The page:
by Mark Sweeney
Founder, AimPoint Golf
I asked a former major-league baseball pitcher what his target was when he was throwing a pitch, the release point or the catcher’s glove. He said from his experience in both pitching and coaching that when throwing a curve ball for example, he tended to pick a target on the batter in order for the ball to end up over the strike zone. The difference between the release point and the intended target represents the movement of the ball during the throw. When I play a game of catch I know that I have to release, or start, the ball at a certain height above my partner’s head if I want to hit him in the chest. Why? Gravity of course, in exactly the same way that we manage break in putting.
When a baseball is thrown it falls vertically in response to gravity and traces a downward arc through the air towards the plate. Similarly as a putt rolls to the hole it falls also, just closer to a horizontal plane, and traces an arc sideways towards the hole. The amount of drop for a baseball is largely controlled by time, the same way as the break of a putt. The harder your throw a baseball the less drop you have to account for, and the harder you hit a putt the less break you have to account for.
In these series of videos you will see a little league pitcher trying to balance his release point with the speed of his pitch. In the first video he releases the ball too high and it crosses the plate above the strike zone.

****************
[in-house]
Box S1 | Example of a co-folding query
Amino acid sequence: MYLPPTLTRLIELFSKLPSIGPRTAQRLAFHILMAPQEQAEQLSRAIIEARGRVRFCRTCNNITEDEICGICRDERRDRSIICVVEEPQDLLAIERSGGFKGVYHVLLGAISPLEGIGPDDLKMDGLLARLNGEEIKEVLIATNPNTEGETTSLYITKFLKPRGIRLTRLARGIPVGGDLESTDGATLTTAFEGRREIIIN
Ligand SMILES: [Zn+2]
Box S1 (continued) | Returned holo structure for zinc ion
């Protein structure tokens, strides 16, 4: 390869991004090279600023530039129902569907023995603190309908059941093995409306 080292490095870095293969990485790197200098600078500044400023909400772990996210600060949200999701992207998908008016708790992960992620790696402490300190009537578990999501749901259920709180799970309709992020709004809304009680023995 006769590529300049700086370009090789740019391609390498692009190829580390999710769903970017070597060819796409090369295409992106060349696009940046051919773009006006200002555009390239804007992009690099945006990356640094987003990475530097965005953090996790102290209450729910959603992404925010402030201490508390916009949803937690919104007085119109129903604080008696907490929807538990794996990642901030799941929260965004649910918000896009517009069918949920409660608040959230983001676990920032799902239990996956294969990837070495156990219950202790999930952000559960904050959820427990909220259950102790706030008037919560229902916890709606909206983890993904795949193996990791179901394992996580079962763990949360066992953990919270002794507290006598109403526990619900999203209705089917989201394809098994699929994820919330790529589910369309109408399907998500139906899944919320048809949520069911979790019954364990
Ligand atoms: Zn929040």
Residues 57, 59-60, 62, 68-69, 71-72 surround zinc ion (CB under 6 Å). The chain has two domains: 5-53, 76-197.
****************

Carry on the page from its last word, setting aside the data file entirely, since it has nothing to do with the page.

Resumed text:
The second pitch he overcompensates and releases the ball too low, about 5 feet lower than the previous one, and the ball hits the ground too early in front of the plate.
The third pitch he matches his release point to the speed of his pitch and throws a strike. Notice his release point is about 3 feet higher than the low pitch.
In all of these videos the pitcher could have changed the speed of his throw to match his release point and still throw strikes. In the first video with the high release, he could have thrown the ball softer and given it more time to fall the extra few feet into the strike zone. And in the second video he could have released it low but thrown it harder to take time out of the pitch. But instead, as an amateur pitcher, he tries to maintain constant speed and simply change his release point to isolate the pitch to fewer variables and make it more manageable.
While putting we have a little bit of flexibility to change speed, but unlike baseball, when we increase the speed of the putt we make the target smaller so we are penalized for doing so. In fact at a certain speed the hole completely disappears because the ball is moving too fast to fall in.
Throwing a baseball is a parallel with putting, because your initial target is different from the final target because the ball is being acted on by gravity along its journey. As pitchers start to throw more advanced pitches, aerodynamics will also effect the path of the ball. And depending on the time, or speed of the ball, there can be different initial targets, or release points, that hit the desired target. Throwing a ball to a specific target and putting across a slope into a 4″ wide hole are both exercises in balancing ball speed and the drop of gravity, and challenge the players ability to both predict the correct starting line and actually start the ball on this line. Knowing the correct target before hitting the putt will dramatically increase your accuracy, that’s where AimPoint starts.